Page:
Study Examines How Speech Is Processed in the Brain
Study sheds light on language processing and could lead to deeper understanding of disorders such as dyslexia and autism.
The cerebrum is the largest part of the human brain, and it controls a myriad of higher functions, such as problem-solving, learning, and speech. It’s also where we process language and sound, a job that’s divided between the left and right hemispheres of the brain.
“Essentially, your brain has this remarkable ability to simultaneously understand the lyrics of your favorite song and appreciate its musical qualities all at the same time,” said Professor Hysell Oviedo, (GC/City College, Biology, Neuroscience), who leads a new study that sheds light on the neural mechanisms that underlie sound processing in the brain.
The paper, published in Plos Biology, reports that auditory processing centers in the left and right hemispheres have significant differences in recurrent connectivity — when a group of neurons communicate in a looping circuit — leading to differences in how sounds are processed on each side.
The main goal of the study was to test whether differences in recurrent activity led to differences in memory span, the professor said. “Our study suggests that one of the critical differences between the two halves of the brain that allows them to process syntactic and melodic information simultaneously is differences in memory,” she said.
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“Brain cells in the left half of the brain appear to have shorter memory spans, which allow them to respond much faster to speech components, whereas cells in the right half of the brain have longer memory spans that allow them to respond to much slower fluctuations in speech and music, potentially,” Oviedo said.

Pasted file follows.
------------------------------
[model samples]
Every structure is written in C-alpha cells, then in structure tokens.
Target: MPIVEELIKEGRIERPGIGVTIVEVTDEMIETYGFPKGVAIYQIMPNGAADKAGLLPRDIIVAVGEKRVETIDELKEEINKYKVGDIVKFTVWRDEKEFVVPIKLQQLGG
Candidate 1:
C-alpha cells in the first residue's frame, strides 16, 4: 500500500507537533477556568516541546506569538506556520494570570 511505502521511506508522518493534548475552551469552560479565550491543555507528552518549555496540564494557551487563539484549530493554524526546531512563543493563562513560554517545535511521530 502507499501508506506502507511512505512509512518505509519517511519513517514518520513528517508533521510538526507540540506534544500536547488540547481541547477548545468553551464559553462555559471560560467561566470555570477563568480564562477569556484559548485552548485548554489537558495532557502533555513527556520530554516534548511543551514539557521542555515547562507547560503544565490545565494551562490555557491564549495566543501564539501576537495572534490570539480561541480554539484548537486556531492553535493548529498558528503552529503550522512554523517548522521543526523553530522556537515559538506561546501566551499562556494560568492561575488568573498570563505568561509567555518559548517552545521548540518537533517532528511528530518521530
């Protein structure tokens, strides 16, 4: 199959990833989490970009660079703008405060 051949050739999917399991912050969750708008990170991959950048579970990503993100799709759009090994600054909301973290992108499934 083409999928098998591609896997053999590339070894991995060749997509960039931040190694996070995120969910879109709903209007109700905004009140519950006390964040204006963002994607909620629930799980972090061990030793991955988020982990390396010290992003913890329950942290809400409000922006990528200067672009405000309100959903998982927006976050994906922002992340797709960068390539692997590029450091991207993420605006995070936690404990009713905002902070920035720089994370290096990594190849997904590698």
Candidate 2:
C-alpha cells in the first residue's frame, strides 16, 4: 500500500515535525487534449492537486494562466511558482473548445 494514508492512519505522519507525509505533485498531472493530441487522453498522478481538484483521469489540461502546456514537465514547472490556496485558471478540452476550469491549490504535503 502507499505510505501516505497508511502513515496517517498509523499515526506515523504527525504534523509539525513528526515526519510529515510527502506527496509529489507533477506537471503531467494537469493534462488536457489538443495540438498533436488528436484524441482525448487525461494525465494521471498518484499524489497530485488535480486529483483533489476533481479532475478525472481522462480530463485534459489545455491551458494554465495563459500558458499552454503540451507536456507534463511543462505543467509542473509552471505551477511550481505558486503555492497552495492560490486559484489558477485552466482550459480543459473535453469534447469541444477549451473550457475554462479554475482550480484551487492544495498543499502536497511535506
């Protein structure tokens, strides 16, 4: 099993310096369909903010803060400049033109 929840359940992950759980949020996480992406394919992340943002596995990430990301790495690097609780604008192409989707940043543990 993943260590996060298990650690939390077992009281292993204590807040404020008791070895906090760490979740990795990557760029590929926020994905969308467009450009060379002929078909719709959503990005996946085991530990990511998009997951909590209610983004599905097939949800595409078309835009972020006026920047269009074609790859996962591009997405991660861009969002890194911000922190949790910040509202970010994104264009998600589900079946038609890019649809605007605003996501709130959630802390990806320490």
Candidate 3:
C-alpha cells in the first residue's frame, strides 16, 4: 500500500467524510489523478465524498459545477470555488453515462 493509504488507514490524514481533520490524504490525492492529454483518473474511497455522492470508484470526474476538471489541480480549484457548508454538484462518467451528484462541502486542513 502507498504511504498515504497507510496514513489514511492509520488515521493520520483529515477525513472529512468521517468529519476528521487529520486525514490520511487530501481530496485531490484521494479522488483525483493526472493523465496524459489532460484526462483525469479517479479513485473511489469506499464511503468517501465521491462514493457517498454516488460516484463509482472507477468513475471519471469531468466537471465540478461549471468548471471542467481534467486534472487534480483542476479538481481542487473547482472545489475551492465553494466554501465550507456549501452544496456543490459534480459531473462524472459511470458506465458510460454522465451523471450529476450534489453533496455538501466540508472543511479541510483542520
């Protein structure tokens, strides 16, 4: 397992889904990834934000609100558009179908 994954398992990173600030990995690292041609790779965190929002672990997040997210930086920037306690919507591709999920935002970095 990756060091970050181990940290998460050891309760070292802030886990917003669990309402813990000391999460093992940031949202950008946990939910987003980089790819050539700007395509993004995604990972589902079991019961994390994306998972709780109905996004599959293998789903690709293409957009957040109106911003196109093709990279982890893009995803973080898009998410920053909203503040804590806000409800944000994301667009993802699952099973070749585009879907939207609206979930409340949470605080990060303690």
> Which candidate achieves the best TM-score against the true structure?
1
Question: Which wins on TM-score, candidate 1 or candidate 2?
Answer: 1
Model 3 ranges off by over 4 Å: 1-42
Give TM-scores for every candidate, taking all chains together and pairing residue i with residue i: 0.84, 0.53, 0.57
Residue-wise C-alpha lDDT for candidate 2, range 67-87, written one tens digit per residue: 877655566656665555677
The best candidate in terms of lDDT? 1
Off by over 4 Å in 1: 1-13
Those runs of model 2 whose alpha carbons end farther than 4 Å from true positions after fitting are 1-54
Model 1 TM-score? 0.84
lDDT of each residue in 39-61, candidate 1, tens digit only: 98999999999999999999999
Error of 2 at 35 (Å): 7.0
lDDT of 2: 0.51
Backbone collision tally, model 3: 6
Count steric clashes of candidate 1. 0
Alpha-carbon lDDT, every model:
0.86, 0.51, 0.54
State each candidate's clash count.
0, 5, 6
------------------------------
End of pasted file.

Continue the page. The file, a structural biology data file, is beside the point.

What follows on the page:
And these differences in memory allow the two halves of the brain to seamlessly synchronize the processing of auditory information, she said.
Though the study experiments were carried out with mice, the results are nonetheless relevant to human neurolinguistics, said Oviedo, pointing to studies that, similarly, theorize the left hemisphere of the brain may have smaller windows of memory in order to process language syntax.
“Just like humans, mice also preferentially process their own species’ vocalizations in the left hemisphere, and in the right hemisphere they seem to be processing melodic components of sound,” she said. “That's why we're using it as a model system to understand basic neuro processes, not of human language per se, but, in general, of how a particular species processes their own vocalizations.”
The findings may help to advance scientists’ understanding of language processing in the brain, said Oviedo, and how it’s disrupted in developmental disorders like dyslexia and autism.
The study authors include Demetrios Neophytou, a Graduate Center Biology Ph.D. student with the Oviedo Lab, and researchers from Stony Brook University and The City College of New York. The project was supported by funding from the National Institutes of Health and the National Science Foundation.
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